Located in the Eastern Sierra region of California, Mono Lake is such a godforsaken place that only two species of animal life call it home. Other than bacteria and algae, only brine shrimp and diving flies had been found in its super-saline waters, which are three times as salty as the ocean, and have an alkaline pH of 10. In 2019, however, scientists identified a hardy species of nematode surviving just fine in the inhospitable lake. This new species is a weird worm that has three distinct sexes -- male, female and hermaphrodite -- and can withstand arsenic levels in the lake that are 500 times higher than the level that humans can tolerate.
A worm that arsenic can't kill:
- The new species of nematode, which is temporarily being called Auanema sp., has both eggs and sperm and can produce hundreds of offspring through self-fertilization. It gives birth to live larvae after hatching them in a pouch.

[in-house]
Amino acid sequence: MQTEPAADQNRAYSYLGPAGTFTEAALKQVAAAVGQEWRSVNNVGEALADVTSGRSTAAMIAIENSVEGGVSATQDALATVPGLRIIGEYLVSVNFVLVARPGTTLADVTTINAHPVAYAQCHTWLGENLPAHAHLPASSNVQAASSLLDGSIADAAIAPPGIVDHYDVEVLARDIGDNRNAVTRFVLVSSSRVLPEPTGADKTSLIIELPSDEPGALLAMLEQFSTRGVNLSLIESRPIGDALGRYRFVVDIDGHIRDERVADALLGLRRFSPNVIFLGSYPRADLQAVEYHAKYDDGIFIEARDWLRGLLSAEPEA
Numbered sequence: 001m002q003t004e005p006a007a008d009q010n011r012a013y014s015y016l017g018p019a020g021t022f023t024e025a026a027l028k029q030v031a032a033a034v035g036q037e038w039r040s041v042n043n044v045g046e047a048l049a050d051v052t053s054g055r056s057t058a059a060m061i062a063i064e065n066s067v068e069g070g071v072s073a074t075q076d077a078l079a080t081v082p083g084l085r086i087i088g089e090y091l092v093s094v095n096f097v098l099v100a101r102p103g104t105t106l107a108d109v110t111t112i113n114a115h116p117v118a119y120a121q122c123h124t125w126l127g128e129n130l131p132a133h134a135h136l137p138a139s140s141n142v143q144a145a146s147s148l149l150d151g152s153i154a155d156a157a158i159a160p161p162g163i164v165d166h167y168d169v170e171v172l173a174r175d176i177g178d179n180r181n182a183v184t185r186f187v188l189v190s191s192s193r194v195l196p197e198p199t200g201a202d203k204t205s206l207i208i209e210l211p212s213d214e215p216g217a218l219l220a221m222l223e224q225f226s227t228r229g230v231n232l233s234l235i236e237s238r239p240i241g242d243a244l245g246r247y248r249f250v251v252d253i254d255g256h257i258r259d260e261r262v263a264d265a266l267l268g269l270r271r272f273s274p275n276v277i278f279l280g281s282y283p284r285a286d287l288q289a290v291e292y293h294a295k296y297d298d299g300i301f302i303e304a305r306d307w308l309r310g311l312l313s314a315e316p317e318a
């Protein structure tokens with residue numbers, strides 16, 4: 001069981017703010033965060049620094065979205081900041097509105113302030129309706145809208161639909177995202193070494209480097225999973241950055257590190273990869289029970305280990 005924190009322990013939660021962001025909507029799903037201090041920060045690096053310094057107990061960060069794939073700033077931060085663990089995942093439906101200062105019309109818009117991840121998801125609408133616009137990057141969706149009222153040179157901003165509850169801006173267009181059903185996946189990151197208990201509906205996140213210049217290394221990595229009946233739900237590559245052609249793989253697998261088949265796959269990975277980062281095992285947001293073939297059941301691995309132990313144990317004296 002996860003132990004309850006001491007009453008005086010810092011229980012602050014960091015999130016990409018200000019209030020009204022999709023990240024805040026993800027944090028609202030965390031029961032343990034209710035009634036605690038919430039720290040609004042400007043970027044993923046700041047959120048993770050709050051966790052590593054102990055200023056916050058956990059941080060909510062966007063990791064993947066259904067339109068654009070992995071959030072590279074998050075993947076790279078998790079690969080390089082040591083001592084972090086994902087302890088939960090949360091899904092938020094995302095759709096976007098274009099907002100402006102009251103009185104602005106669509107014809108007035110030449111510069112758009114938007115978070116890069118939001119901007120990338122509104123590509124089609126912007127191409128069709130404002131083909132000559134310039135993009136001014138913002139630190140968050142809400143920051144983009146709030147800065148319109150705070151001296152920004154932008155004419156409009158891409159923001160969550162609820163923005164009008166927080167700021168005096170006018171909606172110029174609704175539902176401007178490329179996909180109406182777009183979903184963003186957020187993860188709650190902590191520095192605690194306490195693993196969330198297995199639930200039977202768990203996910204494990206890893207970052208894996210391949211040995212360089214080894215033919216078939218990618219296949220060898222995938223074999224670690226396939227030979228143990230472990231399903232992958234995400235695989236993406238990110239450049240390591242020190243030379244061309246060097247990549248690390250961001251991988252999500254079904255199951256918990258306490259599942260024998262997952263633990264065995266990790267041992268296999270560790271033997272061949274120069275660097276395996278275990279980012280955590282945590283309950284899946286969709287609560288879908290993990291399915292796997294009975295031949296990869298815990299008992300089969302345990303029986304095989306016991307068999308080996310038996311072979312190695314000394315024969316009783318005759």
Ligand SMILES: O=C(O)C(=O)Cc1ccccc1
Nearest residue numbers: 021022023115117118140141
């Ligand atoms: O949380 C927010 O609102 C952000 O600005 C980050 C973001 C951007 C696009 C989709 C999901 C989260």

- Mono Lake is an 8-mile by 13-mile (13-km by 21-km) lake that water flows into, but never out of, which has created one of Earth’s harshest environments. Migratory birds do stop over to feed on the shrimp, but not much life exists there.
- Water can escape Mono Lake only if it evaporates or if it seeps into the ground. Closed lakes such as this are affected by changes in climate, and are therefore a great source of information for scientists studying climate change.